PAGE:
Notwithstanding the risks, and relative newness of the research, the biomechanical theory comparing one vs two screws is promising. Both lab based and clinical results do indicate a better stability, stiffness and energy absorption compared to a single screw. Whilst these studies concentrated on scaphoid fractures involving non-union or displacement, the implications are that an earlier introduction of mobilisation, loading and strengthening may be tolerated (4,5); possibly even an earlier return to play... just in time for finals!

Look after those fingers,


  1. Rambau GM et al. Evaluation & management of nondisplaced scaphoid waist fractures in the athlete. Operative Tecniques in Sports Medicine 2016 24:87-93
  2. Winston, M., Weiland AJ. Scaphoid fractures in the athlete. Curr Rev Musculoskelet Med 2017 10:38-44
  3. Buijze, GA. et al. Cast immobilisation with and without immobilisation of the thumb for nondisplaced and minimally displaced scaphoid waist fractures: A multicentre, randomised, controlled trial. JHS Am 2014; 39(4):621-627
  4. Mandaleson, A. et al. Scaphoid fracture fixation in a nonunion model: a biomechanical study comparing three types of fixation. JHS Am 2018;43(3):221-228
  5. Garcia RM. et al. Scaphoid nonunions treated with two headless compression screws and bone grafting. JHS Am 2014;39(7):1301-1307

Sunday, 28 January 2018

Low to High Hamma, Low to High

John Egan; back 2 back 2 back winner of the
Cannons Mark of the Year
Gary Coleman Cup
My mate Jumping Johnny Egan is one of the best marks of a footy that I have ever seen. As he launches himself towards the ball, his hands move from down by his waist into the air above his head before snapping open with wrist extension just before the ball smacks into his palms. Conversely, and keen readers of this intermittent blog will know exactly where I am going with this, I am one of the worst marks of the footy I have ever seen. At least, I used to be.

The local junior footy club (Go Sharks) began to run training nights for Dads. There was no game, just an excuse to run hard and do circle work. One night, in the middle of another ball dropping performance beyond belief, the bloke running the show pulled me aside and asked if anyone had ever taught me how to mark a footy. Before I’d even had a chance to realise that he wasn’t taking the piss, Jacko proceeded to outline exactly what I needed to do. I needed to be more like Johnny.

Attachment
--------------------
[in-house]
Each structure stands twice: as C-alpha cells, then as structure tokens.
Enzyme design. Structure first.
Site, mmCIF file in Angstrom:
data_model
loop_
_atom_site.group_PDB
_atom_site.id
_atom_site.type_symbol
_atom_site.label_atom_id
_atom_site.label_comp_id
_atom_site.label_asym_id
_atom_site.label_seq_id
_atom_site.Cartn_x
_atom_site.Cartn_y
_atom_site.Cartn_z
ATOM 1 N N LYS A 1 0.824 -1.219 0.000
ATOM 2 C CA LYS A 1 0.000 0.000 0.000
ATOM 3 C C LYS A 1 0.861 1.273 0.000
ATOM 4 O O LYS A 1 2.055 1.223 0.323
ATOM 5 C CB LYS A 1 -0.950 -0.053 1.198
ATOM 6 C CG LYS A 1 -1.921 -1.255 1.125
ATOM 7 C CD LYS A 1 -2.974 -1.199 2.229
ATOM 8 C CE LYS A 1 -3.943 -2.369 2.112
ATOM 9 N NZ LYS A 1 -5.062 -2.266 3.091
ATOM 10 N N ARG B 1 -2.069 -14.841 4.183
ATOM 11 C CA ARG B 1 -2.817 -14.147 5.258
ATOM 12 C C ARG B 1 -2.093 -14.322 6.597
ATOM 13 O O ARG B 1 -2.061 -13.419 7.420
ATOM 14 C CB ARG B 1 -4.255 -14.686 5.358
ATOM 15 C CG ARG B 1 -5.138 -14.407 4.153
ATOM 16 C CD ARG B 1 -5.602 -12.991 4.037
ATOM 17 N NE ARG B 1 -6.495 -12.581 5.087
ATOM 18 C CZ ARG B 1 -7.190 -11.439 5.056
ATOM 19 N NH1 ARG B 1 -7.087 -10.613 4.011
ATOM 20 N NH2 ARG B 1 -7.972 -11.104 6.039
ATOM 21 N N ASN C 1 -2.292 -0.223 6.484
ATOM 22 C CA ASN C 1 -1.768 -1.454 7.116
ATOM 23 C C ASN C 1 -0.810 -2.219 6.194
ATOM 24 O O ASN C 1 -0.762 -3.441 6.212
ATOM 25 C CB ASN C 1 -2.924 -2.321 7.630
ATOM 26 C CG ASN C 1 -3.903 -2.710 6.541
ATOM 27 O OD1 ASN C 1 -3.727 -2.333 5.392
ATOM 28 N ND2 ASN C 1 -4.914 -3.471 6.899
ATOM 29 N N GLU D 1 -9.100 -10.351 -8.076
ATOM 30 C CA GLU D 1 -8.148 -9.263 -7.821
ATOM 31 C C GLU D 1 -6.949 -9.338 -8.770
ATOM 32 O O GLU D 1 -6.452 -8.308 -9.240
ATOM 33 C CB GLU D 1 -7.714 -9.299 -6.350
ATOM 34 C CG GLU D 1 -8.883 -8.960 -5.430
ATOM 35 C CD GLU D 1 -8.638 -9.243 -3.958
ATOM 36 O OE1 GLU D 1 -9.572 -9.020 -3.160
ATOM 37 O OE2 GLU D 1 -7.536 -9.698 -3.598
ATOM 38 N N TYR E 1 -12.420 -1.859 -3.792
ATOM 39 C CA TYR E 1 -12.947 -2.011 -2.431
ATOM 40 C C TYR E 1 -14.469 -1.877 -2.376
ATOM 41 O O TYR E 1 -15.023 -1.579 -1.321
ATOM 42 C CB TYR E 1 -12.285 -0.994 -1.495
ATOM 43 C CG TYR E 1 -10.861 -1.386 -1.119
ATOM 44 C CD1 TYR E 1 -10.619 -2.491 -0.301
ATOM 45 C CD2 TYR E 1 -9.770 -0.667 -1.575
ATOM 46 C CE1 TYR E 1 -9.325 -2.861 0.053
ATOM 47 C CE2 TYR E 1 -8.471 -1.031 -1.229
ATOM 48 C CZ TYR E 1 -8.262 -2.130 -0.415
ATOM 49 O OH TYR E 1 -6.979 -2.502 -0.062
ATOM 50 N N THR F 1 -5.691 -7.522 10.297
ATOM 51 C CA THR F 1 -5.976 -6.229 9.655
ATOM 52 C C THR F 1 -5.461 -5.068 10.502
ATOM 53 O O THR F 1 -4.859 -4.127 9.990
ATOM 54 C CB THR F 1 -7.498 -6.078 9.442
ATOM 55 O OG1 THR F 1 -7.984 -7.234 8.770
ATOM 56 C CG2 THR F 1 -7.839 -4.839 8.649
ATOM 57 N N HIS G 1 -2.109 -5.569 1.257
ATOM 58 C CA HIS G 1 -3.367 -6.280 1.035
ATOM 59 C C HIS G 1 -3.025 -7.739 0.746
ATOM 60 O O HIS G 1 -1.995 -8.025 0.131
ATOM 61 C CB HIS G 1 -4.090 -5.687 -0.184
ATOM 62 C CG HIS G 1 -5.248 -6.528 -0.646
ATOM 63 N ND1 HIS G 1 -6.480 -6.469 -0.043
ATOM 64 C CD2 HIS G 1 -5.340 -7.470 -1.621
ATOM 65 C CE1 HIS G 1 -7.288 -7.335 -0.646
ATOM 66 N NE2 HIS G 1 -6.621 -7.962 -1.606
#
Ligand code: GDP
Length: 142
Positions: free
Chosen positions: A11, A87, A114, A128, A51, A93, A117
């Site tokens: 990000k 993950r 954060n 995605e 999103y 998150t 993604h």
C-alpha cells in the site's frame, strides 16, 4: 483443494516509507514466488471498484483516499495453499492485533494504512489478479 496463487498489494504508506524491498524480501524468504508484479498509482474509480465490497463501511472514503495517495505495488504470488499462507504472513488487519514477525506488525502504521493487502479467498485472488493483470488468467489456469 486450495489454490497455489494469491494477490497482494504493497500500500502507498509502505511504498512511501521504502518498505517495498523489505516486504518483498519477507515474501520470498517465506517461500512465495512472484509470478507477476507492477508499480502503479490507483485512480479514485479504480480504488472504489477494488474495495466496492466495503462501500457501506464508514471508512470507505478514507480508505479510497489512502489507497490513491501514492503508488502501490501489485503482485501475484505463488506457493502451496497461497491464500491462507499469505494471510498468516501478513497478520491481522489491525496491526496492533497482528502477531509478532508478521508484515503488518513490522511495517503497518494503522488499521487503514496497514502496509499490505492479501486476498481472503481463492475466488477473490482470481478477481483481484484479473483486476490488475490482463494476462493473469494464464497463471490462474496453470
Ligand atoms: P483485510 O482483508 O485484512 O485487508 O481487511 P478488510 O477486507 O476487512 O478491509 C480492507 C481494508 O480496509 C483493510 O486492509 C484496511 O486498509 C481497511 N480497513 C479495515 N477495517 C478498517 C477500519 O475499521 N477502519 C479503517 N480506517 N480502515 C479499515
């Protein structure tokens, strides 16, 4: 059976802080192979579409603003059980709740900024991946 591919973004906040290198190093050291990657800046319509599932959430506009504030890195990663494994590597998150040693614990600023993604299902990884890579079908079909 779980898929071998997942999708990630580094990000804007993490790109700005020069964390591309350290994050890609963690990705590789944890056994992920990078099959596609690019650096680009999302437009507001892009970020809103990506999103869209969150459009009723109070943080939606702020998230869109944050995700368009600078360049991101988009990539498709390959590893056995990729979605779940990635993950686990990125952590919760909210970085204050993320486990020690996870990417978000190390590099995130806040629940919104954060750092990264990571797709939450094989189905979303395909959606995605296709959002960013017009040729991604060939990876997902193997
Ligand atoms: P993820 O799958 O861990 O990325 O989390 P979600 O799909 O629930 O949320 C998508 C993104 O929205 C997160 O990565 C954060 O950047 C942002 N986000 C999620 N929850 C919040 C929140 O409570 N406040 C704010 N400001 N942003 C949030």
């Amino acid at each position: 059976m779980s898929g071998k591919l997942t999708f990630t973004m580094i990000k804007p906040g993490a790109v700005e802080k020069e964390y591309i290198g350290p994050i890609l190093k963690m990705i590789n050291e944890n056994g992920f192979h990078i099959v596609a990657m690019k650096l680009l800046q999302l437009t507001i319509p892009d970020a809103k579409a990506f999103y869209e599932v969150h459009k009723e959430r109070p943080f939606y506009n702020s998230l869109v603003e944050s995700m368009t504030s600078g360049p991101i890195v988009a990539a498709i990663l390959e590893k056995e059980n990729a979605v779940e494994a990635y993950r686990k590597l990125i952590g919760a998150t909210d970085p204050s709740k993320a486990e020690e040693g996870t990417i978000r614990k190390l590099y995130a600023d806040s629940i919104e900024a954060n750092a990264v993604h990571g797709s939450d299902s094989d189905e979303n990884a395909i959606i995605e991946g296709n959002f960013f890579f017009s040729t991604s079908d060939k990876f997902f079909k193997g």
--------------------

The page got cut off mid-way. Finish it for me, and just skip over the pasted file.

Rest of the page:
Talk about "Low to High" Poppy!!
When Johnny marks the ball, his hands aren’t coming up from below the ball’s trajectory. Instead they are coming towards the ball but in such a way as to offset the trajectory and speed of the ball so as to give his hands as much time as possible to grasp it. Now that’s not what Jacko told me, but it is what he meant when he said “Low to high Hamma. Low to high mate”. It is however what an Italian neuro-physiologist found in a mind numbingly involved article with the disarmingly simple title, “Grasping and Catching” (1). 

Catching is a combination of predicting the velocity and path of the object, adjusting proximal structures in such a way that grasp of the object is possible. Experience helps which probably is one reason the recent explosion in girls playing footy has seen a similar explosion in finger injuries within that cohort. What also helps is visuo-spatial ability, which is a little more difficult to train up if you haven’t been gifted with it to the same ability as Jumping Johnny. 

Above: Mind you, a sticky glove helps too... right Clokey?
Below: I don't need one says Roughy!
Whilst the article is at pains to point out differences in catching ability between professional and amateur sports people, it does indicate that a combination of training, technique and experience can make a difference. It is all about maximising the time you have getting your hand into position before it needs to grasp the ball to hang on to it which may be why an over hand catching technique proved more reliable. This technique may not be transferable to Australia’s greatest game in every instance, but the concept is, and getting your hands into position is the best way to start. 

Look after those fingers,


(1) Cesqui, B. et al. Grasping in one-handed catching in relation to performance. PLoS OneJuly 2016

Tuesday, 5 September 2017

The Stress is Killing Me

A lot of trees have been sacrificed in the name of better understanding bone stress injuries to the lower limb. Brukner and Khan’s latest edition of Clinical Sports Medicine devotes a whole chapter to their management... in feet.  Admittedly with good reason; they are debilitating and difficult to treat.  However, at the risk of being seen to harp again on my favourite theme of “what about the hand”, what about the hand? If B & K don’t mention them, and do they even exist? 

The answer is of course yes, it’s just that they are rarer. A Spanish paper in 2010 reported that only 12 cases of stress fractures to the metacarpals had ever been written up. The authors of that paper then published a case series of 7 tennis players with stress fractures of a metacarpal. All were adolescents, and all had altered their training or some aspect of their game prior to this injury (1). Volker Schoffl, that rock-climbing, x-gaming hand surgeon in Germany also published a paper on bony oedema in climbers (2). Aside from that there are a few case studies, but not a lot.

I've got almost too much in common with this guy!
So if they’re not talked about much, are we talking about the same thing? Well, essentially yes. B & K devoted a chapter to this subject; I’m going to try to paraphrase them in 150 words. Actually, I’m just going to copy what Stuart Warden wrote because it’s nice and succinct… (3) “A bony stress injury (BSI)represents the inability of bone to withstand repetitive mechanical loading, which results in structural fatigue and localised bone pain and tenderness. It occurs along a pathology continuum beginning with a stress reaction, which can progress to a stress fracture, and ultimately a complete bone fracture”. Thank you Stuart. Of course there is a lot more too it, and his chapter is a good read so get into it if you want to know more.